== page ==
von Braun, Wernher Magnus Maximilian (1912–1977)
Wernher von Braun was one of the most important rocket developers and champions of space exploration from the 1930s to the 1970s, and the son of a baron. Von Braun's enthusiasm for the possibilities of space travel was kindled early on by reading the fiction of Jules Verne and H. G. Wells, and the technical writings of Hermann Oberth. It was Oberth's 1923 classic Die Rakete zu den Planetenräumen (By Rocket to Space) that prompted the young von Braun to master the calculus and trigonometry he needed to understand the physics of rocketry.
Von Braun and the German military
At age 17, von Braun became involved with the German rocket society, Verein für Raumschiffahrt (VfR), and in November 1932 signed a contract with the Reichswehr to conduct research leading to the development of rockets as military weapons. In this capacity, he worked for Captain (later, Major General) Walter Dornberger – an association that would last for over a decade. In the same year, under an Army grant, von Braun enrolled at the Friedrich-Wilhelm-Universität from which he graduated two years later with a PhD in physics; his dissertation dealt with the theoretical and practical problems of liquid-propellant rocket engines.
Some of von Braun's colleagues from the VfR days joined him in developing rockets for the German army. By 1935, he and his team, now 80 strong, were regularly firing liquid-fueled engines at Kummersdorf with great success. Following the move to Peenemünde, von Braun found himself in charge of the A-4/V-2 project. Less than a year after the first successful A-4 launch and following a British bombing raid on Peenemünde, mass production of the V-2 was switched to an underground factory in central Germany. Von Braun remained at Peenemünde to continue testing.
In mid-March 1944, von Braun was arrested by the Gestapo and imprisoned in Stettin. The alleged crime was that he had declared greater interest in developing the V-2 for space travel rather than as a weapon. Also, since von Braun was a pilot who regularly flew his government-provided airplane, it was suggested that he was planning to escape to the Allies with V-2 secrets. Only through the personal intervention of Munitions and Armaments Minister Albert Speer was von Braun released.
"Basic research is when I'm doing what I don't know what I'm doing."
When, by the beginning of 1945, it became obvious to von Braun that Germany was on the verge of defeat, he began planning for the postwar era. Before the Allied capture of the V-2 rocket complex, von Braun engineered the surrender to the Americans of scores of his top rocket scientists, along with plans and test vehicles. As part of a military plan called Operation Paperclip, he and his rocket team were whisked away from defeated Germany and installed at Fort Bliss, Texas. There they worked on rockets for the US Army, launching them at White Sands Proving Ground.
In 1950 von Braun's team moved to the Redstone Arsenal near Huntsville, Alabama, where it built the Army's Jupiter ballistic missile. In 1960, von Braun's rocket development center transferred from the Army to the newly established NASA and received a mandate to build the giant Saturn rockets. Von Braun was appointed director of the Marshall Space Flight Center and chief architect of the Saturn V. He also became one of the most prominent advocates of space exploration in the United States during the 1950s. In 1970, he was invited to move to Washington, DC, to head NASA's strategic planning effort but less than two years later, feeling that the US government was no longer sufficiently committed to space exploration, he retired from the agency and joined Fairchild Industries of Germantown, Maryland.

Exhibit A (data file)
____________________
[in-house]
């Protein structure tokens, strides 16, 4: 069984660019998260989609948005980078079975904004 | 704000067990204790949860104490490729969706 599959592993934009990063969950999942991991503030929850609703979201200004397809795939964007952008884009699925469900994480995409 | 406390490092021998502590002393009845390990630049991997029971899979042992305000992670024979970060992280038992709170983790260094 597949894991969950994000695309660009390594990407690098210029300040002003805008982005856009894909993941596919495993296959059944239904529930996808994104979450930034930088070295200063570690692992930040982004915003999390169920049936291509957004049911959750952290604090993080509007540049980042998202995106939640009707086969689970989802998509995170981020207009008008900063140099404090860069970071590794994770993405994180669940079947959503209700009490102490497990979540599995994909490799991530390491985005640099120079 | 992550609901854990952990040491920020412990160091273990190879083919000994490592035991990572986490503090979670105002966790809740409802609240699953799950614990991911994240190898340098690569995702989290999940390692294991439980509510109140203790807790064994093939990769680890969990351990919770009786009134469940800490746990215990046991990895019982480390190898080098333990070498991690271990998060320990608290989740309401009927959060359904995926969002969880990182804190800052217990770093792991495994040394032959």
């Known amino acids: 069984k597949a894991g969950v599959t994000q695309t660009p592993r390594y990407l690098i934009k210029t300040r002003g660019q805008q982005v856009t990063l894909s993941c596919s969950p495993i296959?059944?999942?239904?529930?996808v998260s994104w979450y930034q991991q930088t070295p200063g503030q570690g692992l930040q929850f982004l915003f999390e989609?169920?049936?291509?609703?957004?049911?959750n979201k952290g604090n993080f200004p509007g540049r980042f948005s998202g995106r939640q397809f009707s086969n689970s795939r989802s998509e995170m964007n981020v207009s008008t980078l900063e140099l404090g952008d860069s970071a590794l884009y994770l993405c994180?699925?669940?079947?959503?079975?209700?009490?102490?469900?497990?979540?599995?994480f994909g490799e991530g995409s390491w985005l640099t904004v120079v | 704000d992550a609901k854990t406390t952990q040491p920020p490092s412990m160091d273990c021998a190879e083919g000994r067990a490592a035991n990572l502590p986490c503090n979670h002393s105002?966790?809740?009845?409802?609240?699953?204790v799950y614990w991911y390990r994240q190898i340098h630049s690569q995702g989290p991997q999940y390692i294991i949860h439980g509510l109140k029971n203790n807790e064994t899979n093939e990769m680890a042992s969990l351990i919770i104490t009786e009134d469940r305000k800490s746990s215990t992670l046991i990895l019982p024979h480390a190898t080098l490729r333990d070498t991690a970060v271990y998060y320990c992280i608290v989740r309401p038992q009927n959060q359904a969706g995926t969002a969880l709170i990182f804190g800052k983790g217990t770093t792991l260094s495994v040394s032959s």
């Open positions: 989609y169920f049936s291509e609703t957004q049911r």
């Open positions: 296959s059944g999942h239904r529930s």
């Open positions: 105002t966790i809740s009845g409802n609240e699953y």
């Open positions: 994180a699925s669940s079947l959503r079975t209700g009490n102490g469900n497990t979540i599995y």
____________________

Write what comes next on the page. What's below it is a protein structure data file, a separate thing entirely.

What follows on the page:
Von Braun and the wheel-like space station
|Chesley Bonestell's vision of a space station adapted from von Braun's original design,
together with a reusable shuttle, space taxi, and telescope. ©
Bonestell Space Art, used with permission
Like many of his fellow German rocket scientists and science-fiction writers of the time, von Braun believed that an orbiting space station was a crucial first step toward manned interplanetary travel. In the March 22, 1952 issue of Collier's magazine (see Collier's space program), von Braun and other scientists contributed articles describing and advocating construction of an American space station. Illustrated by space artist Chesley Bonestell and others, this issue publicized the wheel- or doughnut-shaped design (see von Braun space station) that became the most popular image of the space station. Later it was memorably depicted as Space Station V in Stanley Kubrick's film 2001: A Space Odyssey (1968).
Soon after the publication of the Collier's space issue, von Braun appeared in a three part Disney television series, which he helped to produce, on the future of space travel. The shows – "Man in Space," "Man and the Moon" and "Mars and Beyond" – were enormously popular. The public enthusiasm sparked by the shows and the Collier's article, which ran 4 million copies, is considered a turning point in the American pursuit of space travel by some historians. "Von Braun (caused) a great shift in public opinion in terms of space flight," said Mike Wright, historian for NASA's Marshall Space Flight Center, where von Braun conducted much of his work. "(He moved) that view of peaceful space exploration – the idea of going to other planets – into the realm of a potential, of a reality," Wright said.